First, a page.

A long, long, loooong time ago my mother and her best friend took four of their children to watch a Disney movie. I was one of those children. I don't remember which Disney movie we watched, but I remember part of the day vividly.
It was beautiful. The sun was shining. And I was happy.
We had been walking down the street after Bonnie's mom, Theresa (you now know where I got my name), and my mom had stopped at a gum ball machine. What a treat! We NEVER got gum balls! This day truly was magical! All four of us plopped the gum into our mouths and continued on.
And then one of those defining moments occurred – you know, the ones Dr. Phil talks about? – "defining moments" that impact you so profoundly, they stay in your long-term memory forever and affect everything you do from that point on? From the "Day of the Gum Ball" moment on, I would question EVERYTHING, because that moment shaped the rest of my life. And it took place right there on that Chicago street when I was only five years old.
Seconds after we had put the gum into our mouths, Bonnie pulled from her mouth a perfectly shaped miniature toy dog. I was amazed – and perplexed.
"How did you do that?" I asked Bonnie, who was a year younger than I.
"I don't know. It just happened."
She must have used her teeth, I reasoned, so I used my teeth and tried to carve a little dog toy. I pulled the gum from my mouth and hoped to marvel at my creation.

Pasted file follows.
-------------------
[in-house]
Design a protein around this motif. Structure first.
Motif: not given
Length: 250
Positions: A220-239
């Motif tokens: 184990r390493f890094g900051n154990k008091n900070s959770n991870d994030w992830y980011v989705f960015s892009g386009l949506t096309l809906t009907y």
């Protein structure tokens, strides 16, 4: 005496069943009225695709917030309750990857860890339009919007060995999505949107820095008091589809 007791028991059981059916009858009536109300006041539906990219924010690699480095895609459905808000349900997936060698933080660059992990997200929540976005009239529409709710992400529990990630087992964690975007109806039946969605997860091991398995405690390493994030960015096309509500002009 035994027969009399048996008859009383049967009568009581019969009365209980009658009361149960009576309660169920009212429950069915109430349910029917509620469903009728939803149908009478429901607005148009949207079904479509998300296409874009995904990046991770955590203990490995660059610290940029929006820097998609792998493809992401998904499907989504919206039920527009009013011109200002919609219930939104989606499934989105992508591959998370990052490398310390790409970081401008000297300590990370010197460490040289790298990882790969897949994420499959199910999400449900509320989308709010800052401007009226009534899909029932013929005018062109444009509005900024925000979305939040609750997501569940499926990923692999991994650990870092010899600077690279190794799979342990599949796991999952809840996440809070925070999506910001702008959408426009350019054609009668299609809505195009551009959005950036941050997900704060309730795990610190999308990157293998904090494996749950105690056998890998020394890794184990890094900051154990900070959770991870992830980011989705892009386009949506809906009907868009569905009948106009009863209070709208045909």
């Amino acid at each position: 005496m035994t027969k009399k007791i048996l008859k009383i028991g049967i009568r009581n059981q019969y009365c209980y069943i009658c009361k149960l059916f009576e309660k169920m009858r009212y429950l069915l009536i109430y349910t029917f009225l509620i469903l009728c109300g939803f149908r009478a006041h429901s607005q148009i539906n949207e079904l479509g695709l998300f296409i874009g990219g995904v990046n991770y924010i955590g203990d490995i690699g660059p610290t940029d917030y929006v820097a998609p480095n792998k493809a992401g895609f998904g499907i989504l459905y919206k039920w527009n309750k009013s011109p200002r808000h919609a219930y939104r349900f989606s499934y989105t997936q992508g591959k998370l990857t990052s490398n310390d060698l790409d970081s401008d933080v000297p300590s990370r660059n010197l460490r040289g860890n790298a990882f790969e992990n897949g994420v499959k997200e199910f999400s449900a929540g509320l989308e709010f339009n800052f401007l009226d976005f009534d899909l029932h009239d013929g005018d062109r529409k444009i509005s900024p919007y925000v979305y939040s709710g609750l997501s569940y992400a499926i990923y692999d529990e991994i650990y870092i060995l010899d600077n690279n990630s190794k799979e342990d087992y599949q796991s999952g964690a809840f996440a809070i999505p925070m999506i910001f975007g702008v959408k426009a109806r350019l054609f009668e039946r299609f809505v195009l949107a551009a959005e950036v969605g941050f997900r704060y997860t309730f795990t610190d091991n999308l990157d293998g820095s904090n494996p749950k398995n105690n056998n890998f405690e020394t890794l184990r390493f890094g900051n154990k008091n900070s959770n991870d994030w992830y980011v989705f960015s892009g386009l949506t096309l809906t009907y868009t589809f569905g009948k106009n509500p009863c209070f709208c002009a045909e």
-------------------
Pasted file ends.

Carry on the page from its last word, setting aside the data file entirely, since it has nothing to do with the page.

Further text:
Sadly it was just a glob of gum.
But I didn't give up. Over and over and over and over again, block after block after block, I tried to sculpt a toy dog with my gum, biting around what I hoped would be its head and rolling between my tongue what should have looked like a tail.
Every few steps, I pulled the gum from my mouth, hoping to marvel at my own exquisite creation. Finally, after being scolded, "KEEP THAT GUM IN YOUR MOUTH!" I had to accept the sad truth – Bonnie was extraordinarily talented, and the only thing I could use my teeth for was chewing.
Later (I don't remember how many years passed), my "aha" moment arrived when I noticed tiny little toys in a gum ball machine. Wasted hours spent trying to create a gummy masterpiece – wasted hours wishing I could be as creative as my 4-year-old friend, Bonnie, because there it sat, taunting me from the inside of a gum ball machine – a perfectly shaped miniature toy dog!
To this day, when I see the wheels in a child's head spinning, I know that child is asking, "How did you do that?" as the child tries to reason how things work in this world – all thanks to "The Day of the Gum Ball."